The Ministry of Treasury and Finance of the Republic of Turkey (the "Ministry") and one of the biggest international central securities clearing and settlement houses, Euroclear Bank ("Euroclear") announced on 9 June 2020 that an agreement was reached to make Turkey's local government bond market euroclearable.
Earlier this year in April 2020, the Turkish Parliament enacted an Omnibus Law1 that restricted companies from distributing dividends exceeding 25% of the net profit pertaining to the 2019 financial year. This temporary restriction will be in force until 30 September 2020. In an effort to provide further guidance on the implementation principles of this restriction as well as introducing certain exemptions, the Ministry of Trade published the Communiqué2 on the Procedures and Principles of the Implementation of Temporary Article 13 of the Turkish Commercial Code on 17 May 2020 (the "Communiqué").
Despite enactment of the Data Protection Law of Turkey on 7 April 2016 (the "DPL") and secondary legislation, cross-border data transfer has been one of the major controversial data privacy issues in Turkey. Given the significance of cross-border data transfer for operations of multinational corporations, market players has long sought a streamlined mechanism to transfer personal data abroad. On 10 April 2020, the Data Protection Authority of Turkey (the "Authority") announced that data processors would be able to adopt binding corporate rules ("BCRs") for transferring personal data to their affiliates outside Turkey.
The Central Bank issued a guideline on the implementation of new rules in respect of the commercial banking fees (the "Guideline") and clarified the scope and applicable exemptions on the recently introduced restrictions under the Communiqué on Fees Payable to the Banks by Commercial Clients (No. 2020/4) (the "Communiqué").
On 10 February 2020, the Central Bank of the Republic of Turkey (the "Central Bank") published the Communiqué on Fees Payable to the Banks by Commercial Clients (No. 2020/4) (the "Communiqué"). The Communiqué authorises the Central Bank to set forth limits and determine caps applicable to the fees chargeable by Turkish banks from their corporate and commercial clients, in a bid to ensure transparency and foreseeability of costs in the Turkish banking sector.
The Presidential Decree No. 2279 on the Suspension of Execution and Bankruptcy Proceedings (the "Presidential Decree") has been published in the Official Gazette dated 22 March 2020 and numbered 31076 as part of the Turkish Government's plan to keep the spread of Covid-19 disease at bay.
As the Coronavirus (Covid-19) outbreak continues to spread, Ministry of Trade (the "Ministry") introduced certain privileges to avoid or suspend physical gatherings for the general assembly meetings of joint stock companies and limited liability companies.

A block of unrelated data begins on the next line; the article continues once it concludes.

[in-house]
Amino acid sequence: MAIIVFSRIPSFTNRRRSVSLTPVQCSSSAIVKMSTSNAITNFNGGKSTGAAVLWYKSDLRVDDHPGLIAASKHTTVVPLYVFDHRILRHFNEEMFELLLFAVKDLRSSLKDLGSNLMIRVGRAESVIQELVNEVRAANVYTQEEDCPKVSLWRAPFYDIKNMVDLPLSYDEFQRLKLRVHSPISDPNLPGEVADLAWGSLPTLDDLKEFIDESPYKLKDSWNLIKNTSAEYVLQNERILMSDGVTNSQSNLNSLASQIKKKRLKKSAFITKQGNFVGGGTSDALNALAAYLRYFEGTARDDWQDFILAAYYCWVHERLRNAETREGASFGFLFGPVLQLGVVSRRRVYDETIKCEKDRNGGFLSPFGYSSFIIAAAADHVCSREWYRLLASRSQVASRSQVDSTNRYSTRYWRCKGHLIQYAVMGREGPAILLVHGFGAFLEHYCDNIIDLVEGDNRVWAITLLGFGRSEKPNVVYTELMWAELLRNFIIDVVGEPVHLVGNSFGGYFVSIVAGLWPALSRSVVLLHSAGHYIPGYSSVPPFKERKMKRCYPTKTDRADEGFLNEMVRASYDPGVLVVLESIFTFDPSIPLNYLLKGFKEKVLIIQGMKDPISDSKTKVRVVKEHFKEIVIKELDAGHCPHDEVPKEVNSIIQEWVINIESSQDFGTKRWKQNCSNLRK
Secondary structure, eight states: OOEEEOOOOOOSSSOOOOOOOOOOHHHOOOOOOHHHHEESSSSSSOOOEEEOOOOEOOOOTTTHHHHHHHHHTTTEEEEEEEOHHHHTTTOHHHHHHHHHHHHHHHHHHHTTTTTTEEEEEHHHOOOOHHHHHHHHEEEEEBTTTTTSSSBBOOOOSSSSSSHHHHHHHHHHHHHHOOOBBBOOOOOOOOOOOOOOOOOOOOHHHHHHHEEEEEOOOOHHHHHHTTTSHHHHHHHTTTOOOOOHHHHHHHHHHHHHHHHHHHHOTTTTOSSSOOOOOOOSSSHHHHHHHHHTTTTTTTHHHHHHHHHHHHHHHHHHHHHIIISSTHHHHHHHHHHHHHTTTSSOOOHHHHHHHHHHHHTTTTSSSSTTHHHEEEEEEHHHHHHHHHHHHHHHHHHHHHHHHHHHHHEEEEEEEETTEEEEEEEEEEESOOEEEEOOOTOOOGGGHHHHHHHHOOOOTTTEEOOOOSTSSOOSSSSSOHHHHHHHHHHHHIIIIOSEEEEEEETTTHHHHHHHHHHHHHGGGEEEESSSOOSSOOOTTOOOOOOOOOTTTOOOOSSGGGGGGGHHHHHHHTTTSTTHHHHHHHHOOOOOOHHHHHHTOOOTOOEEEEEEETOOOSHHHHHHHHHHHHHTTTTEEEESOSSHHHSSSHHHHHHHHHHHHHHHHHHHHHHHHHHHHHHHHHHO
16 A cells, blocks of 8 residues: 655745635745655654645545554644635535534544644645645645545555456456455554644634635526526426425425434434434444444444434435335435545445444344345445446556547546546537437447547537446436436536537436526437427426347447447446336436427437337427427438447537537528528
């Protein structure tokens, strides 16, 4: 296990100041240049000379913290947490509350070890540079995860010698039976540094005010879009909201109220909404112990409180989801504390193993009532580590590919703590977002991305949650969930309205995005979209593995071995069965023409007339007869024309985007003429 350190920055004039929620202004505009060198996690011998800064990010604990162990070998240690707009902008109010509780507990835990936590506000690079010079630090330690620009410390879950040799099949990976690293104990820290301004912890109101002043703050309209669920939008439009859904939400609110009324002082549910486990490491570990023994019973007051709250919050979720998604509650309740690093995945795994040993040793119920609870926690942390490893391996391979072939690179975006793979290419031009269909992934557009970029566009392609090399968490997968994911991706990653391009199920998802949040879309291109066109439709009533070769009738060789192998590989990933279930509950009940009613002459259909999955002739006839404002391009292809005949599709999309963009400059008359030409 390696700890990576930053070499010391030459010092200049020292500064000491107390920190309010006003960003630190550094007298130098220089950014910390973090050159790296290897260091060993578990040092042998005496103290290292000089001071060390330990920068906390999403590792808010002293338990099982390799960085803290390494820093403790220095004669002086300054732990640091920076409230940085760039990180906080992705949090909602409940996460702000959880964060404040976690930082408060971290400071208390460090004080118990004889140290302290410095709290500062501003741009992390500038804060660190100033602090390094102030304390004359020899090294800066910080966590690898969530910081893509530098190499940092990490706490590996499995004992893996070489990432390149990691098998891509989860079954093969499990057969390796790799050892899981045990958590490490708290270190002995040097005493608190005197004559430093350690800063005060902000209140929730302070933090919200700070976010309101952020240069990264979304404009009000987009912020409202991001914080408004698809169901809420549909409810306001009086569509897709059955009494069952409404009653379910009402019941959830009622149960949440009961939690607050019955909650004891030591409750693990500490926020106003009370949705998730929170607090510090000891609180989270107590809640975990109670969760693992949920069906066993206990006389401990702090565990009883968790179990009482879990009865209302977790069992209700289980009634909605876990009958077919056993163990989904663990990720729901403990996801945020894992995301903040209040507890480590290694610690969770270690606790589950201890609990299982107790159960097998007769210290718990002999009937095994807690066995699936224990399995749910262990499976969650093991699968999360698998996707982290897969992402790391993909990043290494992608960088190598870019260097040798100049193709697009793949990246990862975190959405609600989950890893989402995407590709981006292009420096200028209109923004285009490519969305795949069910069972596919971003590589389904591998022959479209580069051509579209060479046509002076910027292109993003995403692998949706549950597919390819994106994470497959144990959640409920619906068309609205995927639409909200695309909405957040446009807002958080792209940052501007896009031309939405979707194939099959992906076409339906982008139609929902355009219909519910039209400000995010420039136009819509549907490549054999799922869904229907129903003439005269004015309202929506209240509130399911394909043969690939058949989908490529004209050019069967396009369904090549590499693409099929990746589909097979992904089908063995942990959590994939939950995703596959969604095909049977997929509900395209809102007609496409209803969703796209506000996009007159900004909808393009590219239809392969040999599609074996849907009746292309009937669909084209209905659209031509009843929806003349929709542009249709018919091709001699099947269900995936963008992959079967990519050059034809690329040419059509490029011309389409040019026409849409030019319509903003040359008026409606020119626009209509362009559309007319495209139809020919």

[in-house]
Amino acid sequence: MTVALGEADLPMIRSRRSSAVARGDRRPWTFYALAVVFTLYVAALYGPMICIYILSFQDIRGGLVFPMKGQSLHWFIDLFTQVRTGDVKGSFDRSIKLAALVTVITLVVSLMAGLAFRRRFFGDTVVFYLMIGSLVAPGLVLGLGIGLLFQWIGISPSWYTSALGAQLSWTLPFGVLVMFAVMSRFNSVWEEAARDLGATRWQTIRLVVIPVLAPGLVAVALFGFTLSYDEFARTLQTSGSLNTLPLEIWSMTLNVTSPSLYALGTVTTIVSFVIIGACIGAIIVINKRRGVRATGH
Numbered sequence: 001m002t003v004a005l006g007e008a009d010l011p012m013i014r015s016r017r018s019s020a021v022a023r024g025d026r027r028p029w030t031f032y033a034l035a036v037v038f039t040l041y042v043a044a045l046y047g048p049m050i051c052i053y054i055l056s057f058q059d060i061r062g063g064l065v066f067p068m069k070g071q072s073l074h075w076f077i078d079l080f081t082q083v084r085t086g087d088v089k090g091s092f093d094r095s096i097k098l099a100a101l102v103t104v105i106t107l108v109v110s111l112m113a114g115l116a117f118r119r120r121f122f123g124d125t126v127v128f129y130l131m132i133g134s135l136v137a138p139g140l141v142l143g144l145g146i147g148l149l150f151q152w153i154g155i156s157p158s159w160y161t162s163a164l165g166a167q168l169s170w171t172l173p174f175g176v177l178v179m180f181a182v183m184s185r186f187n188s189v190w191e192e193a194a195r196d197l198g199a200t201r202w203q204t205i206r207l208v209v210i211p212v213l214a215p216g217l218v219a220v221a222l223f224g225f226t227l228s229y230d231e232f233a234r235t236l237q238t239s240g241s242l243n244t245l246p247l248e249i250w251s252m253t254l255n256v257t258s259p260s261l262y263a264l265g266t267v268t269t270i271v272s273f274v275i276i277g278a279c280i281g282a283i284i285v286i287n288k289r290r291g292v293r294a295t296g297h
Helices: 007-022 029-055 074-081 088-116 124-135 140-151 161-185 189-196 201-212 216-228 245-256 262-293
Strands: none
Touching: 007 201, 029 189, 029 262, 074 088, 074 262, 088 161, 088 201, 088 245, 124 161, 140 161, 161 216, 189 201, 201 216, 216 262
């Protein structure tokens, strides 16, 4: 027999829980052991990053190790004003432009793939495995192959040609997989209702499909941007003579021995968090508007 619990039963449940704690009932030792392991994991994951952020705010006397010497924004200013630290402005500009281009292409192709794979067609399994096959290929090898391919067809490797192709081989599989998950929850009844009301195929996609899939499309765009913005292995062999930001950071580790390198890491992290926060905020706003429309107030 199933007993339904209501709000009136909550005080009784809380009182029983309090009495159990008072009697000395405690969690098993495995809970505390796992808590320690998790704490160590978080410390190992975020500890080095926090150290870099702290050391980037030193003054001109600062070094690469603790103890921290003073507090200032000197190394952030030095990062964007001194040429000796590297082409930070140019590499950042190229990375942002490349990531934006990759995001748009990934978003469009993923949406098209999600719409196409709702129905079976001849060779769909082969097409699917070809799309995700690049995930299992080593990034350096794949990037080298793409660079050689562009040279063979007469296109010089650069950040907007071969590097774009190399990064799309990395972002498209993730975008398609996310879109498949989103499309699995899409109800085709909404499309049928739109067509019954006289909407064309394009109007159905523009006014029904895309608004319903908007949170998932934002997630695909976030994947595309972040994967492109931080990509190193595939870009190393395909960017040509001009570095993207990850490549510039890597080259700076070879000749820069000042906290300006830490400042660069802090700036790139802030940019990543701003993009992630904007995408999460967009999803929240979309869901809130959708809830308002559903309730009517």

As the Coronavirus (Covid-19) outbreak continues to spread, businesses face a range of issues. What are the key risks and legal considerations for employers?
As the Coronavirus (Covid-19) outbreak continues to spread, entities are implementing an increasing number of measures to prevent contamination of their premises and amongst their staff all over the world. These measures sometimes require them to collect, analyse and share information about individuals, but it does raise data protection challenges. What types of personal data can be collected, and how? Can it be shared with other entities?
A draft law has been submitted to the Turkish Parliament on 17 February 2020 (the "Draft Law") which proposes amendments to several laws regarding, amongst others, renewable energy, mining, criminal offences, civil registry services (nüfus hizmetleri), individual pension system, foundations and associations. While the Draft Law covers a variety of subjects, there are three notable amendments to the renewable energy legislation:
On 6 February 2020, a bill that introduces significant structural changes to the Banking Law (Law No. 5411) (the “Banking Law”) and Capital Markets Law (Law No. 6362) (the “Capital Markets Law”) of Turkey was submitted to the Turkish Parliament (the “Draft Law”). The Draft Law proposes significant improvements to the legal framework applicable to project bond issuances in Turkish capital markets and Turkish securitisation and debt funds, such as the introduction of security trustees, and adopts new rules that will enable a wider investor base to provide financing directly to Turkish projects.
The long-awaited draft bill regarding the Amendments to the Law on Payment and Securities Settlement Systems, Payment Services and Electronic Money Institutions (the "Amending Law on Payment Services") has recently been enacted by the Grand National Assembly of Turkey. The amendment meets the need to consolidate payment practices and ensures compliance with the EU’s Payment Services Directive 2 (the "PSD2").
The Data Protection Board of Turkey recently clarified the implementation of data privacy rules and has extended the deadline for compulsory registration with the data controllers' registry (VERBIS).